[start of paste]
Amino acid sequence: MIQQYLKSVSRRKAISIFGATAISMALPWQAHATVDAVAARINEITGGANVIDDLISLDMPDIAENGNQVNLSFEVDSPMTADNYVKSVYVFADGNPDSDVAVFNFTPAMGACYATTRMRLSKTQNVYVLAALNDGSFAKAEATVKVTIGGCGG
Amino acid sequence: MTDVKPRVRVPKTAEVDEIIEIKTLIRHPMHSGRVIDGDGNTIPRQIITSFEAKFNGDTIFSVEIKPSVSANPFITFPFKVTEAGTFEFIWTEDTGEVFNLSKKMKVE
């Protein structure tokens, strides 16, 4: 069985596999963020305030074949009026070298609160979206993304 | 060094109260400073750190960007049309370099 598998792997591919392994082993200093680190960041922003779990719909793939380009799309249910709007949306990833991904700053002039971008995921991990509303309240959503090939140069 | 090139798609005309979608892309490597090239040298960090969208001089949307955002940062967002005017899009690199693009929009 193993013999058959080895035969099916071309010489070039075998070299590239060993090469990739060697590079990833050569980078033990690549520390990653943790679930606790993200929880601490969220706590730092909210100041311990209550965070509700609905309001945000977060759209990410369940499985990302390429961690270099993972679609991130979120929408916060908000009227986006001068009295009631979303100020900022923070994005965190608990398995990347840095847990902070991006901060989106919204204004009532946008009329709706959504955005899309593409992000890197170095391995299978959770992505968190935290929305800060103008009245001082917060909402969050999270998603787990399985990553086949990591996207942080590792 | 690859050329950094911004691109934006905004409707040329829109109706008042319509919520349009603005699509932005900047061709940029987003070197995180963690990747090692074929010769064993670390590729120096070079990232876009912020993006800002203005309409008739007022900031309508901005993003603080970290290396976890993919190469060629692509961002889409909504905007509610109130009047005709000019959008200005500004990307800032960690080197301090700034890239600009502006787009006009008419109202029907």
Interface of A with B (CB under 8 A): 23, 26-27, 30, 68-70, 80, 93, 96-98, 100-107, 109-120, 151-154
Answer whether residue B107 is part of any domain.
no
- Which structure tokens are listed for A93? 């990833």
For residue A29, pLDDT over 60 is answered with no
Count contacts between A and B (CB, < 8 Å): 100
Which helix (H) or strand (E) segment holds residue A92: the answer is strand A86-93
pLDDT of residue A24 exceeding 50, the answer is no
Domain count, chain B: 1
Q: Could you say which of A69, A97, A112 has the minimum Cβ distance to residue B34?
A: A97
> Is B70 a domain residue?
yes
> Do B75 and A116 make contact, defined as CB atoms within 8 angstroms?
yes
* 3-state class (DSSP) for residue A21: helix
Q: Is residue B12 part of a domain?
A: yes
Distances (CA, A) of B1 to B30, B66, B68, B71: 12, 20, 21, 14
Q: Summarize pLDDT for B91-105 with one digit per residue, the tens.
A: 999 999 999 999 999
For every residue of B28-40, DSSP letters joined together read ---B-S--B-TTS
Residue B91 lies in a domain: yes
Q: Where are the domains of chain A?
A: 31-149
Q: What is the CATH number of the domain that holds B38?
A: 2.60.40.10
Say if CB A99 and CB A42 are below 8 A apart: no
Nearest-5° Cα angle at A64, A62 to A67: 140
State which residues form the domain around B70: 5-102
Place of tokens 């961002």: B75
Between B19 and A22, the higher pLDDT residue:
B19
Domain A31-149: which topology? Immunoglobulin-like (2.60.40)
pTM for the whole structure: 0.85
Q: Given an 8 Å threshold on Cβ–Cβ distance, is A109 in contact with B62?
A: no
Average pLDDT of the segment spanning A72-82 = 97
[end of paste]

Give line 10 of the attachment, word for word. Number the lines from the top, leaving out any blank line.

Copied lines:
Which helix (H) or strand (E) segment holds residue A92: the answer is strand A86-93